A typical (suboptimal) timeline in many project dealing with data integration (warning, provocative):
- What is the data we need? – Do workshops
- Where is the data? – Look at the documentation/Glossary — if there is one
- Challenges like: Oh, wow, we meant some other data… Oh, wow, why are these fields empty?
- All set, we are writing ETL/WS/… code to integrate the data
- No data could be loaded/integrated, lots of errors
- Repeat 3-4-5 in a trial-and-error loop as data quality is not good enough
- NO ERRORS FROM THE LOAD PROCESS 🙂 We are ready! (Fanfares)
- Oh, no, business says data does not make sense – data quality is not good enough
- Work additional 2 months (the timeline can be anything from 5 days to 12 months) repeating steps 1-2-3-4-5-6-7 and 8 until data quality will be good enough
- OK, now most of the data makes sense (Fanfares again)
Of course the above is exaggerated but everyone who were involved in data integration knows that this is not that far away from reality.
There is a lot of things you can do to make this loop much shorter (see in a later post), and you can also have a historic view how similar situations arise.
In this post I will point out just two aspects:
- Do you see how many times bad data quality is mentioned? But what is exactly bad data quality? Can we measure data quality in an objective manner?
- Sadly the point #7 is where some projects way to often think that the integration work is finished. In fact by that time you are not even half way through. Why is this?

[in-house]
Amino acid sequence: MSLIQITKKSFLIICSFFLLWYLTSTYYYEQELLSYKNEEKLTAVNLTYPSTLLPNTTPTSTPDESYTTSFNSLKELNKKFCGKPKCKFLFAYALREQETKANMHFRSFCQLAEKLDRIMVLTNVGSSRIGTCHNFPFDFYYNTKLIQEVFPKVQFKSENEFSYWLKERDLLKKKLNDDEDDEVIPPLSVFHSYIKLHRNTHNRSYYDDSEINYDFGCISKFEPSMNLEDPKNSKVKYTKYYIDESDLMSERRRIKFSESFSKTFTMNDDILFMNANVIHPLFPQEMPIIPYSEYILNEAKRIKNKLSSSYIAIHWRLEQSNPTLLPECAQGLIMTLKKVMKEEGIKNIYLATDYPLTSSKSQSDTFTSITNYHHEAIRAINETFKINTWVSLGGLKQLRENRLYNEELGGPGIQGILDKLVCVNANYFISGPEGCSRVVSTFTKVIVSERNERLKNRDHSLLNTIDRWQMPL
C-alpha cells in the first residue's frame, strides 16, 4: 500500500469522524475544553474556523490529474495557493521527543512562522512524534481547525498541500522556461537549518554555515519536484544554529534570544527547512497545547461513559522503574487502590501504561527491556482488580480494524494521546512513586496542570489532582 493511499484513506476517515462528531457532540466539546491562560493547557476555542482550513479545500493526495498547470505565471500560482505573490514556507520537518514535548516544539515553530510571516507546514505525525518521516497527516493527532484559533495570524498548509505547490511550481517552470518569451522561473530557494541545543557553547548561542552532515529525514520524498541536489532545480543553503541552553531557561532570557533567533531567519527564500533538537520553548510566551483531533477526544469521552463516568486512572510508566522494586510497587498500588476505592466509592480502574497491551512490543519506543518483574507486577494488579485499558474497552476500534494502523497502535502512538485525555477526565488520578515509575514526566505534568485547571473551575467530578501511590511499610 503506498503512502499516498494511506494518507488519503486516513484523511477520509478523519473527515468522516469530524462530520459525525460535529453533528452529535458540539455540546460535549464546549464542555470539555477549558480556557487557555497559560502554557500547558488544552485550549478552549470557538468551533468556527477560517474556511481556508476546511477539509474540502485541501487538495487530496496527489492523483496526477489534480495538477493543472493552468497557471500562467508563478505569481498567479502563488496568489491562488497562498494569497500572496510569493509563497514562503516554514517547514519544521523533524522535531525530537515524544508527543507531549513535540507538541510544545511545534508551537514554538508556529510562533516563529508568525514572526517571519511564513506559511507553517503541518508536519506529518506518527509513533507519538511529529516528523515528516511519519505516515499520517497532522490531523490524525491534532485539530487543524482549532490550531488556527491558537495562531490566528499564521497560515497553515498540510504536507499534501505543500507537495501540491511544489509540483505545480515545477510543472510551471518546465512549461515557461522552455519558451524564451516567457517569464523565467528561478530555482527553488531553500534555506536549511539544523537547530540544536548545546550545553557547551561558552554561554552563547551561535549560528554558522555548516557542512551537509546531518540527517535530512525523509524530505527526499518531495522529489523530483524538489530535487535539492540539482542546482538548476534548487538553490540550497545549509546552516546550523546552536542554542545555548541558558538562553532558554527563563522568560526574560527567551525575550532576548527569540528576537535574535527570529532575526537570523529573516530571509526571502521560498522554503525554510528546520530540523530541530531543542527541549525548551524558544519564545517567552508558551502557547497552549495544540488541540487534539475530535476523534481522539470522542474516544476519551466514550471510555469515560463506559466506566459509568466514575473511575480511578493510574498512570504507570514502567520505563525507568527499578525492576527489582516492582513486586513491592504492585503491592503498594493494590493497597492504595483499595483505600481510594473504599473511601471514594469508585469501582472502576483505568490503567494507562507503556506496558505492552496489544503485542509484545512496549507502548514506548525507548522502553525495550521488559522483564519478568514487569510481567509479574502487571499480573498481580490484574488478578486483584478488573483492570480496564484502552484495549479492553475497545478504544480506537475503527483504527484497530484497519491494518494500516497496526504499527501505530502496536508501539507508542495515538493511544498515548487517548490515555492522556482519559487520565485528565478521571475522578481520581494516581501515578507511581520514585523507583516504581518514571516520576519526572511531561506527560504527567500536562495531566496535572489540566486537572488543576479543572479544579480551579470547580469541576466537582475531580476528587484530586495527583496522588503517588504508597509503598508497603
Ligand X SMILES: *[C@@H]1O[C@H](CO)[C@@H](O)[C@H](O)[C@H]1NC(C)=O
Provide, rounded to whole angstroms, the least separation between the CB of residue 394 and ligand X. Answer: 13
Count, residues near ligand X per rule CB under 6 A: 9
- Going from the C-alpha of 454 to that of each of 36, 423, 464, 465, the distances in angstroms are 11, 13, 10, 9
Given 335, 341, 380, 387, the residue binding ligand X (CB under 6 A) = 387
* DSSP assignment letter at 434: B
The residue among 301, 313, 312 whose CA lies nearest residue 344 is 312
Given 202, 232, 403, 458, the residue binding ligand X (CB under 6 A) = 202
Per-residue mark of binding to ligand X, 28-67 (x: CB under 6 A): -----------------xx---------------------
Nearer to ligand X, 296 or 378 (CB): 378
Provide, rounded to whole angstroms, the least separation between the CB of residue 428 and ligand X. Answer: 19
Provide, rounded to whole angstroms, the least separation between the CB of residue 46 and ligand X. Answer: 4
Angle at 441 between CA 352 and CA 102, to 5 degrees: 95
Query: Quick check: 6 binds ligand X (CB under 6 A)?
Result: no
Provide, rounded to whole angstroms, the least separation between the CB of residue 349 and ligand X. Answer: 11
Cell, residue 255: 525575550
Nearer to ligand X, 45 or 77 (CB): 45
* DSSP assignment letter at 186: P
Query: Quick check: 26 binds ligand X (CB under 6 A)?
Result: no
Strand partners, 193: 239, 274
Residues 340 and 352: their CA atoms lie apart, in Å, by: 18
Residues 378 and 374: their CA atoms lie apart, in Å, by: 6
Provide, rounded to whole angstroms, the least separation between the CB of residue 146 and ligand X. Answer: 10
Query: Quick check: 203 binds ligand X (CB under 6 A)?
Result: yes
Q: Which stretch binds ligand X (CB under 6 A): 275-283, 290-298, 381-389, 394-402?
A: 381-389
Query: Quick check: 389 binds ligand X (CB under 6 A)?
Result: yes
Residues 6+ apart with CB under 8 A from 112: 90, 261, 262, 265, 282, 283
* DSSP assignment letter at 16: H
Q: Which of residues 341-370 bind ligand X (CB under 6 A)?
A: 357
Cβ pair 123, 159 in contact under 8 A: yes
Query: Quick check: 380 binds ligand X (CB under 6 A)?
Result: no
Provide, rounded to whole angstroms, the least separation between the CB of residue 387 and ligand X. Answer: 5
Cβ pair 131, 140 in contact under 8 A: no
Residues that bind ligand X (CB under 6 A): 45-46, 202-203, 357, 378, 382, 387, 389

Before answering I need to cover a bit of theory. The theory of relational databases together with the common implementation teaches us how to put together a database structure that guarantee certain aspects of data quality. Possibilities to ensure good data are (without mathematical precision):
- You can define data types (text, number etc.) – but of course you just can store all numbers as texts…
- You can set up keys (also unique, non-empty values that identify e.g. a car, a person etc.) – but you are allowed in most database systems not to
- You can set up referential integrity constraints (e.g. there is no credit card without a cardholder) – but you are allowed not to
- You can define domains like size for humans is something between 0-270 cm – but you are allowed not to
- You can define patterns your data must have like if some text is a valid phone number – but you are allowed not to
- You can even define more complex rules/programs that allows you to check every aspects of the data you can possibly think of – but you are allowed not to
The reality is that these are possibilities to enhance the data quality of your data that a project may or might not implement. The more of these you are willing to implement the more you have to know your business rules. The more of these you implement in fact the slower will your system be (last time this was a valid excuse in the early 2000’s).
So back to the above questions:
- Data quality can be measured ultimately with validation through business rules. The more data complies with the business rules the better the quality is. Sometimes not all business rules are known in advance. Sometimes they change and the data management is not updated. Sometimes the business rules are so complicated that coding them does not worth the effort. Sometimes there is not enough time or money to implement all rules. In short: data quality is usually not fully known before the data integration begins.
- When the data integration stream reaches point #7 only that subset of business rules is validated that is somehow implemented. Usually this is only the fraction of the existing business rules. Pont #8 and #9 is nothing else but figuring out the business rules that are not stored in any systematical way and trying to clean up using the new knowledge.
Are there ways to do this better? Definitely: with data strategy you can do a lot to get out of such troubles. I’ll share you some best practices in a future post.
Did you make a different experience? Do you have a different view?